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    Replies
    1. As an American NOT of Scandinavian heritage, (But who oddly enough, lives in an area full of Scandinavian-Americans), it's not that comfortable to me. In fact, it punishes success.

      When my family moved up here, we were dirt poor immigrants. We became successful in a short amount of time. Our culture values hard work and frugality, as well as being proud of the fruits of our labor.

      Guess what happened when we were proud of the fruits of our labor? The long knives came out. People secretly hate my family because of how we "brag". Well screw them, it's not our fault that we don't spend money on stupid crap like they do.

      Also... I used to be homeless 2 years ago. Now, I'm working multiple jobs, I have a place in the nice part of town, I own a bunch of high-end electronics, I own a closet full of designer suits, i have a designer watch, a nice car and a fleet of expensive bicycles. My old friends all hate me now. For the very same reason: I dared to celebrate my success.

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  17. Hi pblack02,

    Every scripture is open for interpretation, it is nice that you think of it like that, but living in a country where the Law of Jante is enforced, I can only say that it is predominantly used for oppression.

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  18. Ok, so now I'll go for my 3rd attempt to comment :-)
    pblack02: your interpretation is admirably positive, however not possible.

    What you - and probably (or so it seems) the majority of people debating the Jante Law - don't seem to know is that the Jante Law is not a law in the original prescribing sense. It is not similar to the ten commandments - as in rules you should follow.
    The term derives from a literary piece where it used descriptively to show how small societies (and all is relative - so this can also mean a whole country) act and think. It is a description of our behavioral pattern.

    We do not only enforce it. We create it - we add to the existence of the "law".

    Therefore you cannot interpret it the way you do. You can perhaps interpret our actions this way, but not the concept :-)

    /Louise

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  19. I am an American living for the last 5 years in a small town in Iceland. For the longest time I couldn't figure out why this town was sooooooooooo dead! Nothing ever happens in this community of over 1000 residents. But discovering the Jante Law just about sums up perfectly the attitude and helps explain why no one dares to stick out, or change things or try something new. And while no one likes a braggart, Jante Law takes things to the extreme where nobody dares to be different and it is very oppressive. Thank goodness Reykjavik seems to be able to break out of the mold for the most part. I also lived in Denmark for about 3 years mostly during the 90s. I remember so well when fashion made a dramatic change from the colourful 80s to the monotone 90s. Suddenly EVERY shop only carried, white, black, and tan clothes and Doc Martin boots were all the rage. Everyone went for it like the obedient sheep that they are in Denmark when it comes to fashion. There was not the slightest feeling of freedom of expression unless you were a real rebel and didn't mind sticking out like a sore thumb. I hope things have changed there by now! Oppressive really is the only word for it.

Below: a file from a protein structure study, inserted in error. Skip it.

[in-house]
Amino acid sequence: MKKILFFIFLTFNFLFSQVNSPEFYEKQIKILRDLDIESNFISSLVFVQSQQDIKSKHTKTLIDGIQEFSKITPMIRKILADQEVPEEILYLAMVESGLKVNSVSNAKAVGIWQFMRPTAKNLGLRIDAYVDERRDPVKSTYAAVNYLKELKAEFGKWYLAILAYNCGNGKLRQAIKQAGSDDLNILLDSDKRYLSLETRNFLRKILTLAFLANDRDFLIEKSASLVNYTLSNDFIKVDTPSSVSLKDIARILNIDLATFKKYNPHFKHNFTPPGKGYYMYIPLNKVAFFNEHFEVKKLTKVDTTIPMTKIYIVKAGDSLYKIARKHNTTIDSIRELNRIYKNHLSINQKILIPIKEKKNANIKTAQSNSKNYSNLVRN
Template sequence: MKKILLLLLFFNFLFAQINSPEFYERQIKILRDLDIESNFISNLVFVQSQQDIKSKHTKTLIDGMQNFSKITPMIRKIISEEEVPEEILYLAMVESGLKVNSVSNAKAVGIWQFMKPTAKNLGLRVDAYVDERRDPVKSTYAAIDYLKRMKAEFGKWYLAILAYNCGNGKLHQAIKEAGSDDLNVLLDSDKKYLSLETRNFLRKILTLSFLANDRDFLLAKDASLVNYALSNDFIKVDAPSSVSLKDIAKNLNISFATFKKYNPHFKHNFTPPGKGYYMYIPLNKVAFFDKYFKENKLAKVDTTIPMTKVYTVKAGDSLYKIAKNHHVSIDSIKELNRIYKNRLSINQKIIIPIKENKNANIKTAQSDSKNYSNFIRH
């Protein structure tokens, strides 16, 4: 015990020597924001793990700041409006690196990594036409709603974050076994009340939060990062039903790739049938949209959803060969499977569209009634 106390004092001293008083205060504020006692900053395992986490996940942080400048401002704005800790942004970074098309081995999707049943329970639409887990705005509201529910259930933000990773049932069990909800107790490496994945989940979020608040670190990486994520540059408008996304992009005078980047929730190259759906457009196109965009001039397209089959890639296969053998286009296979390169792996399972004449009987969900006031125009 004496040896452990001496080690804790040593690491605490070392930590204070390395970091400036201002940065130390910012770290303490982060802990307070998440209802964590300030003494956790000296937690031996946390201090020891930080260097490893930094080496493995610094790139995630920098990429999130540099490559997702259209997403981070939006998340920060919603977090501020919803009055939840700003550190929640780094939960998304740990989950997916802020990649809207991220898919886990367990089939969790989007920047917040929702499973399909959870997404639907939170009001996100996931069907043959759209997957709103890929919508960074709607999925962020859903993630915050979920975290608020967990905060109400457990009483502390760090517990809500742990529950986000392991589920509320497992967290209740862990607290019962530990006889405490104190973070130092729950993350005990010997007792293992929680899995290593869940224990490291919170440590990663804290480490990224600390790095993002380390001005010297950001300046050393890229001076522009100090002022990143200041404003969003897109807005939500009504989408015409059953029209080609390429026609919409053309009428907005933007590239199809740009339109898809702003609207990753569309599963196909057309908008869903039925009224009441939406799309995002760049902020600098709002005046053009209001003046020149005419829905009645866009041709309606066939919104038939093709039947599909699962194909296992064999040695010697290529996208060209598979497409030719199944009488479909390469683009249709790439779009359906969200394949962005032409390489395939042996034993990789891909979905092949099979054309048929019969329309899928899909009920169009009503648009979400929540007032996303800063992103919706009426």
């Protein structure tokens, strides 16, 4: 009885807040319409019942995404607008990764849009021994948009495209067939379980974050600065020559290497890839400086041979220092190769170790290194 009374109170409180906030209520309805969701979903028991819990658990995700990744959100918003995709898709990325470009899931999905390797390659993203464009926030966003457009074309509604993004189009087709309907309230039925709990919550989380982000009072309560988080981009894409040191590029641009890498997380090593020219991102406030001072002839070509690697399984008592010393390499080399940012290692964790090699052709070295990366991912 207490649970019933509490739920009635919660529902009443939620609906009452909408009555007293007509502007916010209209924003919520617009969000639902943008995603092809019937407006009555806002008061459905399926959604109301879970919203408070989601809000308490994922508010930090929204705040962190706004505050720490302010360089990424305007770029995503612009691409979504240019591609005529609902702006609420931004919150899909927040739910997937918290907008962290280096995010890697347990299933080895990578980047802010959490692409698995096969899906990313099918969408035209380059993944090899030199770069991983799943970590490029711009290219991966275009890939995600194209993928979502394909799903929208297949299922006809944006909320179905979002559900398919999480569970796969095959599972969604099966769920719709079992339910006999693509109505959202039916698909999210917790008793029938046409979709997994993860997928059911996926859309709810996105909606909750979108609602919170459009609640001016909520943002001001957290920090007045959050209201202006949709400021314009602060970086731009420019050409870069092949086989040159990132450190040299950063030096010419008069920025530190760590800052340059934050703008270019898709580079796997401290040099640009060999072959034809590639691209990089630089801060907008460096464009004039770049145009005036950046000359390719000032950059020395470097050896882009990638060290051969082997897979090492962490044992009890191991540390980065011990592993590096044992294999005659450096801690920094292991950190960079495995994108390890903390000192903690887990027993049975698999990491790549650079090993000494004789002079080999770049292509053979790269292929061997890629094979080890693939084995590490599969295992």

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    Replies
    1. These days you can pretty much dress any way you please in Copenhagen. If anything, no one cares, and that actually takes away some of the fun. I always love to see someone experiment and dress up differently. When it comes to fashion, Jante takes a back seat, at least that is how I see it.

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    2. Maybe Janteloven is not present anymore in the Danish fashion... but it is still in the everyday life.